Hundreds of passengers who were forced to book hotels and find other flights. (CBC)

Dozens of flights in and out of the Halifax Stanfield International Airport were cancelled or delayed Monday morning after a hole was discovered on the surface of the main runway over the weekend.

The hole — about three centimetres deep and 50 centimetres in diameter — ran down the centre of the main runway, according to the a spokeswoman with the airport.

"There's no way to kind of miss it," said Jennifer Delorey Lyon.

"You have this issue in the centre of a runway that's the one that we've been using the most."

The hole had caused eight diversions and 37 cancelled flights as of 4:20 p.m. on Sunday. Those cancellations caused a chain reaction that resulted in further delays Monday morning.

Some of the flights cancelled on Sunday were headed to Boston, Toronto, Hamilton, Montreal, Ottawa and Sydney.

Steven and Sarah Stepien were among several hundred passengers who were forced to book hotels and find other flights when their original plans were compromised.

The Stepiens are newlyweds who were supposed to be on their way to Milan.

"A little upset," said Sarah Stepien.

"It's our honeymoon so we would have liked to have had no problems," her husband added.

"We're actually really distraught. We planned this for months and to have something unfortunate like a sinkhole completely destroy any plans we made is actually pretty gut wrenching, to be honest."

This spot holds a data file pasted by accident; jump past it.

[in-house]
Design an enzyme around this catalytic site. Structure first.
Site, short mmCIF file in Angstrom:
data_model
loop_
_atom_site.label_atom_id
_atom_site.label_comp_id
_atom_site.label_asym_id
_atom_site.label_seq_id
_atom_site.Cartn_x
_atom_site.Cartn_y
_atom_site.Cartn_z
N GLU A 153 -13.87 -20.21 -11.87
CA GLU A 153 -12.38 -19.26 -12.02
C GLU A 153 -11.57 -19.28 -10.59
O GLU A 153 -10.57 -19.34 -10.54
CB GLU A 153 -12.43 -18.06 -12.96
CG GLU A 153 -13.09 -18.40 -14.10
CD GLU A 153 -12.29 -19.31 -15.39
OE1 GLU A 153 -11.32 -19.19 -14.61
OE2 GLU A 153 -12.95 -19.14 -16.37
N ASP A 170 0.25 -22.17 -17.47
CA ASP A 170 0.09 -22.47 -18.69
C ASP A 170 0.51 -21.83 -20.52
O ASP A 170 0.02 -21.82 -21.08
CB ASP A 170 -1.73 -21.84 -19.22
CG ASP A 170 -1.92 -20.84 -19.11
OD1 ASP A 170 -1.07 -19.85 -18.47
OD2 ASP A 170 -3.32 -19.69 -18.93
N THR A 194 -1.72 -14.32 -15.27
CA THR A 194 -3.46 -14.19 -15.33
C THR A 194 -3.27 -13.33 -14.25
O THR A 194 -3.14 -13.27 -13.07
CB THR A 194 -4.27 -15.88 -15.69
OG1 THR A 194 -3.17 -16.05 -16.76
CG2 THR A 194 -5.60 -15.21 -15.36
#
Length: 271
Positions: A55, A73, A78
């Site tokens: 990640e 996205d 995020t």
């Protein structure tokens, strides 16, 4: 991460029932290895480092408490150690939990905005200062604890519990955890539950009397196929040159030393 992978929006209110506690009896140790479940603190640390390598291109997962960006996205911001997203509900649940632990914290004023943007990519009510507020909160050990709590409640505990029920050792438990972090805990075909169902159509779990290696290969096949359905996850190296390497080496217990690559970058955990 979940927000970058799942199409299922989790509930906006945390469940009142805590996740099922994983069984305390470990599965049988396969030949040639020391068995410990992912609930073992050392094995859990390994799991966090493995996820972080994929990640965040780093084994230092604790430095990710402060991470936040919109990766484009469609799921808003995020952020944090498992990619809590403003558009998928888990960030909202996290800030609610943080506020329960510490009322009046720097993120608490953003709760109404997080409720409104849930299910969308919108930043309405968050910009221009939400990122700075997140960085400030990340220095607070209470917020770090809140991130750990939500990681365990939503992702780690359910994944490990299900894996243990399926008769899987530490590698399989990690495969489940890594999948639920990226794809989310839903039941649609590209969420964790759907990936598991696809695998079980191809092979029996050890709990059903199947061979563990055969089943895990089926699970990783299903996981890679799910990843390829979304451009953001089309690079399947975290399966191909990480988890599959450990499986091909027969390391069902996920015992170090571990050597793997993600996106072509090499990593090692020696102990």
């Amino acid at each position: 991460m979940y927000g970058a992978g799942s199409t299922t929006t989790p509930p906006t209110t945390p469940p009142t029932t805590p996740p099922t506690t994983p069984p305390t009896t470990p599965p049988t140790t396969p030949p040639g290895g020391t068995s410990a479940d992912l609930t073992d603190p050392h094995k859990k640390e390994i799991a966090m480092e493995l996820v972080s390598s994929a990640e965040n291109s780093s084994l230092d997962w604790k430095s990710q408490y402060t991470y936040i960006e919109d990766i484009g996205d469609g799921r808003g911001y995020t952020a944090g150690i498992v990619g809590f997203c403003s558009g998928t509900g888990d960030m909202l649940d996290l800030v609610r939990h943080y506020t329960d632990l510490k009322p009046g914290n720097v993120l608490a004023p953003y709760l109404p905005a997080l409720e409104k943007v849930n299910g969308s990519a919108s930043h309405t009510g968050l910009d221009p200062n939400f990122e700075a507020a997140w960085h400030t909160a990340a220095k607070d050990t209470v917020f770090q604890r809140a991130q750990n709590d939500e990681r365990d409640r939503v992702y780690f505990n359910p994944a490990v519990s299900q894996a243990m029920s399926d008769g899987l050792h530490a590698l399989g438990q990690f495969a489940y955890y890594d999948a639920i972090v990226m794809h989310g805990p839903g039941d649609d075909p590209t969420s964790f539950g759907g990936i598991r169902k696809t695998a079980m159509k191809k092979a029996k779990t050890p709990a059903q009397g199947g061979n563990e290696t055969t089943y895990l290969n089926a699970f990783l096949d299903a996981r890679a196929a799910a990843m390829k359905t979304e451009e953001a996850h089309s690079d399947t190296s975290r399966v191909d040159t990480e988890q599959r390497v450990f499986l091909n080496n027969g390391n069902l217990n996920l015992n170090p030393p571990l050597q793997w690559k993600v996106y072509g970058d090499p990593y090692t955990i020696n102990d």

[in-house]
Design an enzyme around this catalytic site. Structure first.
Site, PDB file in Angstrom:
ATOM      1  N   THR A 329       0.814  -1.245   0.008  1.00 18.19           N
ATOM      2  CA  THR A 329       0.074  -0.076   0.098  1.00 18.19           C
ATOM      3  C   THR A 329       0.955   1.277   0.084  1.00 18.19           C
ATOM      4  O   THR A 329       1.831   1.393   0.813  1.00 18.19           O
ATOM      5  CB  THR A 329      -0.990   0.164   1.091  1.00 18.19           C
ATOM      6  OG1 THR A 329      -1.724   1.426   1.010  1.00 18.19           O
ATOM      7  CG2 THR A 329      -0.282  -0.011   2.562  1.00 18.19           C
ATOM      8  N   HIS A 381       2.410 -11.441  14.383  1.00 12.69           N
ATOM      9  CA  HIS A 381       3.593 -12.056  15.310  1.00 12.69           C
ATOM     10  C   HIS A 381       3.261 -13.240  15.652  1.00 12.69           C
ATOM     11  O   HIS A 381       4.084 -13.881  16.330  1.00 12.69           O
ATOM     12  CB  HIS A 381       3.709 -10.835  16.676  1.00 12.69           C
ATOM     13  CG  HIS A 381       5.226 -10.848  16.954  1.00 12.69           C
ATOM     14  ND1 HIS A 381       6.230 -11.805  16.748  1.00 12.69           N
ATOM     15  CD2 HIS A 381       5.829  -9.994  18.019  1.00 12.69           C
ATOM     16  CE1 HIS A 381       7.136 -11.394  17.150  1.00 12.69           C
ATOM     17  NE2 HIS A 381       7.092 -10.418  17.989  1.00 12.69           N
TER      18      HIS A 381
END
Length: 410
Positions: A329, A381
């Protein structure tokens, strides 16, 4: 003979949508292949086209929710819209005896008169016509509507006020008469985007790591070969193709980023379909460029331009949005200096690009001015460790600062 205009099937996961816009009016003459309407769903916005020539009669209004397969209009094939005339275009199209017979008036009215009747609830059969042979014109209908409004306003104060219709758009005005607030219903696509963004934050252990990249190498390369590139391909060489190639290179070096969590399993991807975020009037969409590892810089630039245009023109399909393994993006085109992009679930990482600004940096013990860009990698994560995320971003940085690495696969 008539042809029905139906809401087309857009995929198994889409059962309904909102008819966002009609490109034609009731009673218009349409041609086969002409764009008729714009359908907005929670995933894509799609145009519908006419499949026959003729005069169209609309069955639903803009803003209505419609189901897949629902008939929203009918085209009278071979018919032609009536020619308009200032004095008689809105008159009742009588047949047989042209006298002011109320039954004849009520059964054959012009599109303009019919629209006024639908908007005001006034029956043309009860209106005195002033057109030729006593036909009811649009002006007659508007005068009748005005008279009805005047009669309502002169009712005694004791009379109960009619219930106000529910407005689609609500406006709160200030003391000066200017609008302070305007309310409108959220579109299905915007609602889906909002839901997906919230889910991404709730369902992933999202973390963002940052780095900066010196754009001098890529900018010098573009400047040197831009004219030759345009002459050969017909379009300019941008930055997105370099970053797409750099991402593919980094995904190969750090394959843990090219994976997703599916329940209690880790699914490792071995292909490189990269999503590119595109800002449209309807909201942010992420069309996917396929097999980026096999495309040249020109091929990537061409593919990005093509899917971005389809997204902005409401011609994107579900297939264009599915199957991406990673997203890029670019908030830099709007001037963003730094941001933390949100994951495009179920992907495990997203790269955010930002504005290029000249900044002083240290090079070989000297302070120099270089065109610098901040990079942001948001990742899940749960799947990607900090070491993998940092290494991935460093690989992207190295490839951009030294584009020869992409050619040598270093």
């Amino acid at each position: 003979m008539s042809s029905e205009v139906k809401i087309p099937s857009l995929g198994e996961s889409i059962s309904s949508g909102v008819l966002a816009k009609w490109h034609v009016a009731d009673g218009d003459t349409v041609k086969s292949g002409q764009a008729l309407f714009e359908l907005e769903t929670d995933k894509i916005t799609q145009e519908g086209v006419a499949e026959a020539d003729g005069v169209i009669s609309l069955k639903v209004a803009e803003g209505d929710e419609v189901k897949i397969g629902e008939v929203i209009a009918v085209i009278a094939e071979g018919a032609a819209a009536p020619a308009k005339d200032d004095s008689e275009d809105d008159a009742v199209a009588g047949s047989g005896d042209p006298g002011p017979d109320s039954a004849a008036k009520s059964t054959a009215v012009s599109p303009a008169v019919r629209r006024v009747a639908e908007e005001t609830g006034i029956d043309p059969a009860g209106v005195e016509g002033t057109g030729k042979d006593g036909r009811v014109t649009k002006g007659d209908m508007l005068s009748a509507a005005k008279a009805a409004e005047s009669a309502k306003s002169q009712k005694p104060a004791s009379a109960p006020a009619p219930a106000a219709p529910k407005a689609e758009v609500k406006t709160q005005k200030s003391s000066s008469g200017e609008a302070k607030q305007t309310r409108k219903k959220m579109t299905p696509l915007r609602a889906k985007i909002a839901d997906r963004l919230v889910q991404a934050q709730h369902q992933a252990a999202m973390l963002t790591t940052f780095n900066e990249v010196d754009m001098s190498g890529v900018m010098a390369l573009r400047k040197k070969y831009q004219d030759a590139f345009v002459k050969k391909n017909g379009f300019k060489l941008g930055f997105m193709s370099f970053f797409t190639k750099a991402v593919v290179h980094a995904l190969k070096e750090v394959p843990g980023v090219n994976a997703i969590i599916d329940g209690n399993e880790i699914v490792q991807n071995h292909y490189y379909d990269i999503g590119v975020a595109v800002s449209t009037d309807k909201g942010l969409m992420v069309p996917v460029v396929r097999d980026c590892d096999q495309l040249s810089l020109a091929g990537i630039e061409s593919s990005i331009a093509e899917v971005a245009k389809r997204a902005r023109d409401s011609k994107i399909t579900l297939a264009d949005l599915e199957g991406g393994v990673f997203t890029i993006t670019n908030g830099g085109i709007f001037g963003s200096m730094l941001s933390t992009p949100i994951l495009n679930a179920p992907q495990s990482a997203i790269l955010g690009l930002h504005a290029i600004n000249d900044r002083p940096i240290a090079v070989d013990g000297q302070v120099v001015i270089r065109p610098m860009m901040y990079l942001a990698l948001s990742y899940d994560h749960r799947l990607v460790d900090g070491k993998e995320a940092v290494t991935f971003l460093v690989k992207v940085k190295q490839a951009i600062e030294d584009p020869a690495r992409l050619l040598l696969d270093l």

A construction crew was able to fix the hole on the runway Sunday evening. (CBC)

Officials with the Halifax Stanfield International Airport said they weren't calling the hole a sinkhole, but they're not sure exactly what it is or what caused it.

There was one other runway available on Sunday, but the navigational system that assists in landing was not functioning. Because of the weather, pilots chose not to use that runway.

Greg Corra, a traveller, said he couldn't believe it.

"When you think of an airport like this can go into such a standstill through one very small issue and they can't fix it, it's just amazing," he said.

"You'd think an airport would have someone on standby to fix it and fix it fast."

A construction crew was able to fix the hole shortly after 7:30 p.m. on Sunday.